If stem rot in a wandering Jew is a consequence of adverse root rot from poor draining soil or fungal disease, you will have to part with your plant. Rotten roots and stems cannot be redeemed, though you may be able to disinfect the soil for future use.

Nonetheless, you can grow a new wandering Jew by propagating a remaining healthy stem. If, however, the root and stem rots are due to fungal disease, discard the entire plant

You can tell if your wandering Jew has a fungal disease on the roots by checking their structure and color. Roots with the fungal disease will deviate from the typical firm and white root appearance and present brown and soft tissue. They may also show malformations, which are the culprit for poor water and nutrient intake.

4. Aerate the Soil for Proper Drainage

As a creeper plant, the wandering Jew grows low to the ground. If the plant is on poorly draining soil that retains plenty of moisture, the stems will be lying on wet soil consistently. This will promote stem rot.

Also, wet soil creates the right environment for fungal diseases in wandering Jew plants, such as faint leaf-blight, rust, leaf-spot, and white smut. The action of these fungal diseases on the root system will lead to crown and stem rot and, eventually, the death of the plant

Whichever of the above issues is causing the stems on a wandering Jew to rot, treating the plant should be prioritized.

If your wandering Jew plant presents wilting stems and foliage, but the soil is moist, the plant’s soil is most likely waterlogged. This may happen after heavy rains for garden plants or due to poorly draining soil for potted plants.

You’ll need to get rid of the extra moisture:

  • For potted wandering Jew plants, pass a chopstick through the hole(s) at the bottom of the pot to allow any standing water to drain.
  • For garden wandering Jew plants, drive a garden fork into the soil and loosen it in different positions to aerate the roots of the plants. The air that passes into the soil when you do this will make the soil dry faster.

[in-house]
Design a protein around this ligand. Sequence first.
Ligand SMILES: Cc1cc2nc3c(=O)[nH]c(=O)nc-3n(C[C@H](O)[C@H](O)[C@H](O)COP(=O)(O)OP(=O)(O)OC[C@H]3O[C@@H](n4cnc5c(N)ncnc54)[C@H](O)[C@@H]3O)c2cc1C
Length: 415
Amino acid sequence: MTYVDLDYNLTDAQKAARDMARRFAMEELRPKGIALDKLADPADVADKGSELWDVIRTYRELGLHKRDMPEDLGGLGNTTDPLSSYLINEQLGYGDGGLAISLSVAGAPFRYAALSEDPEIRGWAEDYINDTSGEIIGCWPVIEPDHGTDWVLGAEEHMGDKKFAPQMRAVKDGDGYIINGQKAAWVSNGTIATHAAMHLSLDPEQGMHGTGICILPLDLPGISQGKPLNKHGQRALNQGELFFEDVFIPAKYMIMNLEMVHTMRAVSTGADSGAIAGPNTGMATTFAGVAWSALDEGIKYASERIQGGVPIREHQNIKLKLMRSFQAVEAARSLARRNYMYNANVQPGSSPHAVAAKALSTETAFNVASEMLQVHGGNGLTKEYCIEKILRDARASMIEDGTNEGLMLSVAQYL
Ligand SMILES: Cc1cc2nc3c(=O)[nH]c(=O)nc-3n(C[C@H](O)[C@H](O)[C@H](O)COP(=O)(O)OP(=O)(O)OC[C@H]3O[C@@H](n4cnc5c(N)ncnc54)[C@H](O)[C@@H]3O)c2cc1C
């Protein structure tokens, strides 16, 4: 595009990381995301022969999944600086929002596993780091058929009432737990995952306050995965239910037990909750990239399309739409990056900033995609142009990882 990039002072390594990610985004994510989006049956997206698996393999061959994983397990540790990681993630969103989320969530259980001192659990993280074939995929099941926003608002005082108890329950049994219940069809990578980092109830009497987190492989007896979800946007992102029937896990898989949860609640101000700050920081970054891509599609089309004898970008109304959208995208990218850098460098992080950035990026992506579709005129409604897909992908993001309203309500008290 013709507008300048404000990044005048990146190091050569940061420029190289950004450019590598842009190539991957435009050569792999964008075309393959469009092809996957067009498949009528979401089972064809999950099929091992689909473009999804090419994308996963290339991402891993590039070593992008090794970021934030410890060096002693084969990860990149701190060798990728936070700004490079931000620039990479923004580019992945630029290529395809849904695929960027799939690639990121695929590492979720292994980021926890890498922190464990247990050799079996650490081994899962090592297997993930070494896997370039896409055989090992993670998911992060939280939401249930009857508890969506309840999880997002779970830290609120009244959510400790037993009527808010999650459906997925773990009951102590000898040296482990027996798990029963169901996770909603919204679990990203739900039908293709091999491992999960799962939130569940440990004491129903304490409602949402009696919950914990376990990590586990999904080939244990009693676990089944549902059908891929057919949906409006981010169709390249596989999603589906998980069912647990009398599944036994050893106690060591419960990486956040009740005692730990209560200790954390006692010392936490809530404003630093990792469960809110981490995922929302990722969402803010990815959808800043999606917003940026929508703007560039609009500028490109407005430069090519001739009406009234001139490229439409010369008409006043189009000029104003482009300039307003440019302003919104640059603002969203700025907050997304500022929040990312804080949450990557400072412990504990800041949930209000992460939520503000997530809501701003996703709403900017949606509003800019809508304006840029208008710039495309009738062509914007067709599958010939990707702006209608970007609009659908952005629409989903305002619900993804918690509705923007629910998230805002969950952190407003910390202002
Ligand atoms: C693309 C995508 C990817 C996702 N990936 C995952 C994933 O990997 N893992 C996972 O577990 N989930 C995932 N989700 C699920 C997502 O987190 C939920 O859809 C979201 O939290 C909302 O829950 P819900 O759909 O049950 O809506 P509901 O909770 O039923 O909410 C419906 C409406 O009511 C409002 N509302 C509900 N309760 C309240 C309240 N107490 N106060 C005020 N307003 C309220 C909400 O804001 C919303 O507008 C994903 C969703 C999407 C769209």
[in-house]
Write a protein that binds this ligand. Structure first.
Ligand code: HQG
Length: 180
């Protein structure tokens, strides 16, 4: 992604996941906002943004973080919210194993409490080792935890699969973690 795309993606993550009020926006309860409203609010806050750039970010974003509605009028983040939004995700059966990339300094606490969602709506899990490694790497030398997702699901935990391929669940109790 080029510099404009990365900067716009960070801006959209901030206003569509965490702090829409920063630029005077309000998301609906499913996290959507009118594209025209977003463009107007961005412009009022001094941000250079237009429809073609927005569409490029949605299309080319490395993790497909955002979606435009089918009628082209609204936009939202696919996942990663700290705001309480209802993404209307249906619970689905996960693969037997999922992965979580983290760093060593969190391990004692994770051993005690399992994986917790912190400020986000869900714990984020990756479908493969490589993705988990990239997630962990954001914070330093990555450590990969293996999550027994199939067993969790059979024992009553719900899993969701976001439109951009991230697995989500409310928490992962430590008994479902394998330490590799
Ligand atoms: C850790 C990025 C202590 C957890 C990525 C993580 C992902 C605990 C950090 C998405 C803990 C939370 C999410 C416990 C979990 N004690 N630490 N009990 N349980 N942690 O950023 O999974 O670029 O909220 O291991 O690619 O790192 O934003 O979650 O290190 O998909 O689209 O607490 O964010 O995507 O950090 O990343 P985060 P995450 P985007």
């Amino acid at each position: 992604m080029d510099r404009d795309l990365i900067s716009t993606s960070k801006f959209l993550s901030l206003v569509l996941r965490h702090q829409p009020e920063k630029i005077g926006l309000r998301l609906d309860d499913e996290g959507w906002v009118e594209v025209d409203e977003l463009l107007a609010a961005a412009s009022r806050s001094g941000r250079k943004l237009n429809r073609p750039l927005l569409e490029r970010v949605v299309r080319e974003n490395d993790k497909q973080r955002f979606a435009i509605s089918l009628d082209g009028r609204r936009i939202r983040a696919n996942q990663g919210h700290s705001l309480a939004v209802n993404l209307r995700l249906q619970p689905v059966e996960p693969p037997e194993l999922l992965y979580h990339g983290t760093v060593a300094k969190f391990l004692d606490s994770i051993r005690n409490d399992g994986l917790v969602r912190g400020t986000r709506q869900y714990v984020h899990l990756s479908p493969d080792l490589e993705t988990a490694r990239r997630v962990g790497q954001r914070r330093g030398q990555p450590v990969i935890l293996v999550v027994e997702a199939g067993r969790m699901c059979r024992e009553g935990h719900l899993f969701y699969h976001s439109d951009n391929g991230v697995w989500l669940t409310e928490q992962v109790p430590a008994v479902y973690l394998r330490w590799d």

In both cases, you should consider adding organic matter into the soil to promote better drainage.

5. Water Your Wandering Jew Correctly

Overwatering and overhead watering can cause your wandering Jew’s stem to rot. Therefore, you must employ proper watering techniques to prevent the salvaged stems from rotting.


Root rot, rotting stems, and yellowing leaves usually appear together when a wandering Jew is overwatered.

While these plants love moist soil, leaving the soil soggy for a long time will block the pore spaces in the soil. This means that the pores, which should be filled with air, will be filled with water, and oxygen will not pass through to reach the roots.

If you don’t do anything to fix overwatering issues, the plant will lose its vigor, the leaves will turn yellow, the stem will rot, and the plant will eventually die. 

Overhead Watering

It’s not a gardening crime to water your wandering Jew from the top and wet the leaves and stems in the process. However, if your plant is in a shady place, the leaves and stems will remain wet for a long time, creating the right conditions for rot. 

This is especially true because the stems and foliage of Tradescantia plants grow close together, and that limits airflow between stems. Airflow is necessary for rapid water drainage in the soil and moisture evaporation within the foliage.

Proper Watering Techniques

Considering that wandering Jew plants can easily retain moisture on the leaves and stems if watered from the top, the best practice is to water the soil directly